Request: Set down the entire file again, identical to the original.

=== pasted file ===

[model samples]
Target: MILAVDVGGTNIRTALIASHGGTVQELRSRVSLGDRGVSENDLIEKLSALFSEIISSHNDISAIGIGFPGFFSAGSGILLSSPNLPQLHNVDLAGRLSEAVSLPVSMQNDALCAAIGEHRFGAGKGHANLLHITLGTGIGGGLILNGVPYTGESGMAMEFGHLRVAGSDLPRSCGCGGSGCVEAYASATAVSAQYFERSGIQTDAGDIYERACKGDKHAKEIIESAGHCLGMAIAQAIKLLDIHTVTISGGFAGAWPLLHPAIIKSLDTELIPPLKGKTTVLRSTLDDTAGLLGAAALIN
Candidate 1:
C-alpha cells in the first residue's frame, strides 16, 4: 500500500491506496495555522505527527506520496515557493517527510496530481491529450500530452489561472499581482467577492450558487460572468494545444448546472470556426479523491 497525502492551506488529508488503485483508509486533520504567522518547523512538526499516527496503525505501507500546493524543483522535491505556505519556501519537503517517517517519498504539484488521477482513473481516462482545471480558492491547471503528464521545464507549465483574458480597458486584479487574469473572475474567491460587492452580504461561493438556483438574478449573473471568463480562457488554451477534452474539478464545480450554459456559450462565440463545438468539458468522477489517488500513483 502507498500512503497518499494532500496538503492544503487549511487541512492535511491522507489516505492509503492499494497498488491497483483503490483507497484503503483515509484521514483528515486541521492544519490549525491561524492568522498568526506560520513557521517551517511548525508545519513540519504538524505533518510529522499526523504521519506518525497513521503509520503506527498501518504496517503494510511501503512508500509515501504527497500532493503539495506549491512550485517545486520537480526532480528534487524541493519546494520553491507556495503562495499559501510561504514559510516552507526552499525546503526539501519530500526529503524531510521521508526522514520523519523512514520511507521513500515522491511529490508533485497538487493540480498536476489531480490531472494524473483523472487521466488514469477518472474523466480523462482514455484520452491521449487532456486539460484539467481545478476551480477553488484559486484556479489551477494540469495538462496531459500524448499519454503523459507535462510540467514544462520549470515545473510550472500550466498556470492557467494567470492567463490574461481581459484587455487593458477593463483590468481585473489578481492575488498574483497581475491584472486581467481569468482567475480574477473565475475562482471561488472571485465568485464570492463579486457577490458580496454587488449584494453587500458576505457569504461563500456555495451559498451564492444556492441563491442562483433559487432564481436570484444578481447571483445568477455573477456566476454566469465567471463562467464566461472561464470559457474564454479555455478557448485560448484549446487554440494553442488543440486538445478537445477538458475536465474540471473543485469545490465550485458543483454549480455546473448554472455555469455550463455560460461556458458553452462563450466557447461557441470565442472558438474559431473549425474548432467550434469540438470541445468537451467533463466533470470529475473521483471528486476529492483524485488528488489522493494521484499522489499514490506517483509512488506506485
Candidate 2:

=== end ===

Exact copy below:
[model samples]
Target: MILAVDVGGTNIRTALIASHGGTVQELRSRVSLGDRGVSENDLIEKLSALFSEIISSHNDISAIGIGFPGFFSAGSGILLSSPNLPQLHNVDLAGRLSEAVSLPVSMQNDALCAAIGEHRFGAGKGHANLLHITLGTGIGGGLILNGVPYTGESGMAMEFGHLRVAGSDLPRSCGCGGSGCVEAYASATAVSAQYFERSGIQTDAGDIYERACKGDKHAKEIIESAGHCLGMAIAQAIKLLDIHTVTISGGFAGAWPLLHPAIIKSLDTELIPPLKGKTTVLRSTLDDTAGLLGAAALIN
Candidate 1:
C-alpha cells in the first residue's frame, strides 16, 4: 500500500491506496495555522505527527506520496515557493517527510496530481491529450500530452489561472499581482467577492450558487460572468494545444448546472470556426479523491 497525502492551506488529508488503485483508509486533520504567522518547523512538526499516527496503525505501507500546493524543483522535491505556505519556501519537503517517517517519498504539484488521477482513473481516462482545471480558492491547471503528464521545464507549465483574458480597458486584479487574469473572475474567491460587492452580504461561493438556483438574478449573473471568463480562457488554451477534452474539478464545480450554459456559450462565440463545438468539458468522477489517488500513483 502507498500512503497518499494532500496538503492544503487549511487541512492535511491522507489516505492509503492499494497498488491497483483503490483507497484503503483515509484521514483528515486541521492544519490549525491561524492568522498568526506560520513557521517551517511548525508545519513540519504538524505533518510529522499526523504521519506518525497513521503509520503506527498501518504496517503494510511501503512508500509515501504527497500532493503539495506549491512550485517545486520537480526532480528534487524541493519546494520553491507556495503562495499559501510561504514559510516552507526552499525546503526539501519530500526529503524531510521521508526522514520523519523512514520511507521513500515522491511529490508533485497538487493540480498536476489531480490531472494524473483523472487521466488514469477518472474523466480523462482514455484520452491521449487532456486539460484539467481545478476551480477553488484559486484556479489551477494540469495538462496531459500524448499519454503523459507535462510540467514544462520549470515545473510550472500550466498556470492557467494567470492567463490574461481581459484587455487593458477593463483590468481585473489578481492575488498574483497581475491584472486581467481569468482567475480574477473565475475562482471561488472571485465568485464570492463579486457577490458580496454587488449584494453587500458576505457569504461563500456555495451559498451564492444556492441563491442562483433559487432564481436570484444578481447571483445568477455573477456566476454566469465567471463562467464566461472561464470559457474564454479555455478557448485560448484549446487554440494553442488543440486538445478537445477538458475536465474540471473543485469545490465550485458543483454549480455546473448554472455555469455550463455560460461556458458553452462563450466557447461557441470565442472558438474559431473549425474548432467550434469540438470541445468537451467533463466533470470529475473521483471528486476529492483524485488528488489522493494521484499522489499514490506517483509512488506506485
Candidate 2: